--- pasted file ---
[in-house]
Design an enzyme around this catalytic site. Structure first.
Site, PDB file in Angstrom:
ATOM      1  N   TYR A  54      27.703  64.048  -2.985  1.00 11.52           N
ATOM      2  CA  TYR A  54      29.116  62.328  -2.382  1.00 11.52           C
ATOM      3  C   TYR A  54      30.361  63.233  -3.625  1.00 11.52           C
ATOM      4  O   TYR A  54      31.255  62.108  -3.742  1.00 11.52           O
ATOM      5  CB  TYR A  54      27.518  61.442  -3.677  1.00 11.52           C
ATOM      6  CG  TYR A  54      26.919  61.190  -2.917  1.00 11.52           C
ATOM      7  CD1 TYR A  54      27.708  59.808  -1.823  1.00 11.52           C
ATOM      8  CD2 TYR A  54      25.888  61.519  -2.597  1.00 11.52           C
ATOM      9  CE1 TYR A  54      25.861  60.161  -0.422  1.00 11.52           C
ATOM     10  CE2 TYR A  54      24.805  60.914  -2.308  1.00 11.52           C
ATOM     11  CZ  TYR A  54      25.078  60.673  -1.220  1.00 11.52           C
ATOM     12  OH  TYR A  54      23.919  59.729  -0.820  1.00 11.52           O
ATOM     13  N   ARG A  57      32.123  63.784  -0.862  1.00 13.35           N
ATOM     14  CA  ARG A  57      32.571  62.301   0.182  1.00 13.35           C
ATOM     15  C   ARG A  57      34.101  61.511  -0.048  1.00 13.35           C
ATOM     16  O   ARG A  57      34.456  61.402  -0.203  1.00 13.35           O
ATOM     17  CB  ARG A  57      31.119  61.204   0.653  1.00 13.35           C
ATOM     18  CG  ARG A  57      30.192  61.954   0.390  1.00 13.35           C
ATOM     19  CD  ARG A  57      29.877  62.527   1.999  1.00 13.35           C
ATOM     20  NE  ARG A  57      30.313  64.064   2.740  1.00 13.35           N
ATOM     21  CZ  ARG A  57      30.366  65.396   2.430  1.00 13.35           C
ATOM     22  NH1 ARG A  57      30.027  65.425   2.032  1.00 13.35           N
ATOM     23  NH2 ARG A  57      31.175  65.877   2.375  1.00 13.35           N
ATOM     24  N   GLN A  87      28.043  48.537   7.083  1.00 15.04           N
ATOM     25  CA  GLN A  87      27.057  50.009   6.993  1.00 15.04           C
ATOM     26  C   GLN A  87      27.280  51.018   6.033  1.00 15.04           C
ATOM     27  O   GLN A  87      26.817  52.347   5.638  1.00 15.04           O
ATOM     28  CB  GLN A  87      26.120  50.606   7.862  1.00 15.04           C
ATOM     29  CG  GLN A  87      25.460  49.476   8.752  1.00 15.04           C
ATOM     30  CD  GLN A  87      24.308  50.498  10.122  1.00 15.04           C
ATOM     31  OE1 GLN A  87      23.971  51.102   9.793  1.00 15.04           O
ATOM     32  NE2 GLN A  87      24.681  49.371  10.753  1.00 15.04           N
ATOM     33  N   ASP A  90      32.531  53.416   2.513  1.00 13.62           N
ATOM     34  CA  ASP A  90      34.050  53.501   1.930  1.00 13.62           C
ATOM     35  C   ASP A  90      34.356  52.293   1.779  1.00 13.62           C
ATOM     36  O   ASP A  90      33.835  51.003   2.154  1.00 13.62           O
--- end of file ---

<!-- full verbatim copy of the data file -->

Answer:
[in-house]
Design an enzyme around this catalytic site. Structure first.
Site, PDB file in Angstrom:
ATOM      1  N   TYR A  54      27.703  64.048  -2.985  1.00 11.52           N
ATOM      2  CA  TYR A  54      29.116  62.328  -2.382  1.00 11.52           C
ATOM      3  C   TYR A  54      30.361  63.233  -3.625  1.00 11.52           C
ATOM      4  O   TYR A  54      31.255  62.108  -3.742  1.00 11.52           O
ATOM      5  CB  TYR A  54      27.518  61.442  -3.677  1.00 11.52           C
ATOM      6  CG  TYR A  54      26.919  61.190  -2.917  1.00 11.52           C
ATOM      7  CD1 TYR A  54      27.708  59.808  -1.823  1.00 11.52           C
ATOM      8  CD2 TYR A  54      25.888  61.519  -2.597  1.00 11.52           C
ATOM      9  CE1 TYR A  54      25.861  60.161  -0.422  1.00 11.52           C
ATOM     10  CE2 TYR A  54      24.805  60.914  -2.308  1.00 11.52           C
ATOM     11  CZ  TYR A  54      25.078  60.673  -1.220  1.00 11.52           C
ATOM     12  OH  TYR A  54      23.919  59.729  -0.820  1.00 11.52           O
ATOM     13  N   ARG A  57      32.123  63.784  -0.862  1.00 13.35           N
ATOM     14  CA  ARG A  57      32.571  62.301   0.182  1.00 13.35           C
ATOM     15  C   ARG A  57      34.101  61.511  -0.048  1.00 13.35           C
ATOM     16  O   ARG A  57      34.456  61.402  -0.203  1.00 13.35           O
ATOM     17  CB  ARG A  57      31.119  61.204   0.653  1.00 13.35           C
ATOM     18  CG  ARG A  57      30.192  61.954   0.390  1.00 13.35           C
ATOM     19  CD  ARG A  57      29.877  62.527   1.999  1.00 13.35           C
ATOM     20  NE  ARG A  57      30.313  64.064   2.740  1.00 13.35           N
ATOM     21  CZ  ARG A  57      30.366  65.396   2.430  1.00 13.35           C
ATOM     22  NH1 ARG A  57      30.027  65.425   2.032  1.00 13.35           N
ATOM     23  NH2 ARG A  57      31.175  65.877   2.375  1.00 13.35           N
ATOM     24  N   GLN A  87      28.043  48.537   7.083  1.00 15.04           N
ATOM     25  CA  GLN A  87      27.057  50.009   6.993  1.00 15.04           C
ATOM     26  C   GLN A  87      27.280  51.018   6.033  1.00 15.04           C
ATOM     27  O   GLN A  87      26.817  52.347   5.638  1.00 15.04           O
ATOM     28  CB  GLN A  87      26.120  50.606   7.862  1.00 15.04           C
ATOM     29  CG  GLN A  87      25.460  49.476   8.752  1.00 15.04           C
ATOM     30  CD  GLN A  87      24.308  50.498  10.122  1.00 15.04           C
ATOM     31  OE1 GLN A  87      23.971  51.102   9.793  1.00 15.04           O
ATOM     32  NE2 GLN A  87      24.681  49.371  10.753  1.00 15.04           N
ATOM     33  N   ASP A  90      32.531  53.416   2.513  1.00 13.62           N
ATOM     34  CA  ASP A  90      34.050  53.501   1.930  1.00 13.62           C
ATOM     35  C   ASP A  90      34.356  52.293   1.779  1.00 13.62           C
ATOM     36  O   ASP A  90      33.835  51.003   2.154  1.00 13.62           O